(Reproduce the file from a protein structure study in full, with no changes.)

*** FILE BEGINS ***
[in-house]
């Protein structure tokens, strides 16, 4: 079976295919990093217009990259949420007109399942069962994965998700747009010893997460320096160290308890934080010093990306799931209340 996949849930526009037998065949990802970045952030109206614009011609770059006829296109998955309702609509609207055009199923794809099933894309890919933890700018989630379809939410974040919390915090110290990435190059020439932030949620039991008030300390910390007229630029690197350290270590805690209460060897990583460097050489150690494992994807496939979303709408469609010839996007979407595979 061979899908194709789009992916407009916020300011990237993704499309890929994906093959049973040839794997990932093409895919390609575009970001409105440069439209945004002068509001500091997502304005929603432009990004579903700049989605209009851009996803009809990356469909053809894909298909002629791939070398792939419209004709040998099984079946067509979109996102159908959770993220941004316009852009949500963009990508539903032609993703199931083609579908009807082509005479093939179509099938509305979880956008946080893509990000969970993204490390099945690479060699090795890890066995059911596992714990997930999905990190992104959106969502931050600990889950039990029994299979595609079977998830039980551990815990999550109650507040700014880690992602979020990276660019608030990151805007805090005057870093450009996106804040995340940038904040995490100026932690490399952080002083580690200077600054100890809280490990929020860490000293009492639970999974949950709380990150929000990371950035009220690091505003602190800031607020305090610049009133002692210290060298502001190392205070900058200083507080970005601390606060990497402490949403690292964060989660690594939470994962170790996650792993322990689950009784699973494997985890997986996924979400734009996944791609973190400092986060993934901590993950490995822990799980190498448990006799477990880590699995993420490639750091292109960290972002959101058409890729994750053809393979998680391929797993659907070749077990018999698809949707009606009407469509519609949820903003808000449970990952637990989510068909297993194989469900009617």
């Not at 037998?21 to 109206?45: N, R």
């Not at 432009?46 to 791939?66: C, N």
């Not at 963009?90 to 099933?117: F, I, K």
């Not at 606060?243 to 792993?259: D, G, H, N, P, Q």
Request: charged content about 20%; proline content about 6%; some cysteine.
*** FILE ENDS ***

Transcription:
[in-house]
């Protein structure tokens, strides 16, 4: 079976295919990093217009990259949420007109399942069962994965998700747009010893997460320096160290308890934080010093990306799931209340 996949849930526009037998065949990802970045952030109206614009011609770059006829296109998955309702609509609207055009199923794809099933894309890919933890700018989630379809939410974040919390915090110290990435190059020439932030949620039991008030300390910390007229630029690197350290270590805690209460060897990583460097050489150690494992994807496939979303709408469609010839996007979407595979 061979899908194709789009992916407009916020300011990237993704499309890929994906093959049973040839794997990932093409895919390609575009970001409105440069439209945004002068509001500091997502304005929603432009990004579903700049989605209009851009996803009809990356469909053809894909298909002629791939070398792939419209004709040998099984079946067509979109996102159908959770993220941004316009852009949500963009990508539903032609993703199931083609579908009807082509005479093939179509099938509305979880956008946080893509990000969970993204490390099945690479060699090795890890066995059911596992714990997930999905990190992104959106969502931050600990889950039990029994299979595609079977998830039980551990815990999550109650507040700014880690992602979020990276660019608030990151805007805090005057870093450009996106804040995340940038904040995490100026932690490399952080002083580690200077600054100890809280490990929020860490000293009492639970999974949950709380990150929000990371950035009220690091505003602190800031607020305090610049009133002692210290060298502001190392205070900058200083507080970005601390606060990497402490949403690292964060989660690594939470994962170790996650792993322990689950009784699973494997985890997986996924979400734009996944791609973190400092986060993934901590993950490995822990799980190498448990006799477990880590699995993420490639750091292109960290972002959101058409890729994750053809393979998680391929797993659907070749077990018999698809949707009606009407469509519609949820903003808000449970990952637990989510068909297993194989469900009617």
């Not at 037998?21 to 109206?45: N, R």
């Not at 432009?46 to 791939?66: C, N």
């Not at 963009?90 to 099933?117: F, I, K």
């Not at 606060?243 to 792993?259: D, G, H, N, P, Q």
Request: charged content about 20%; proline content about 6%; some cysteine.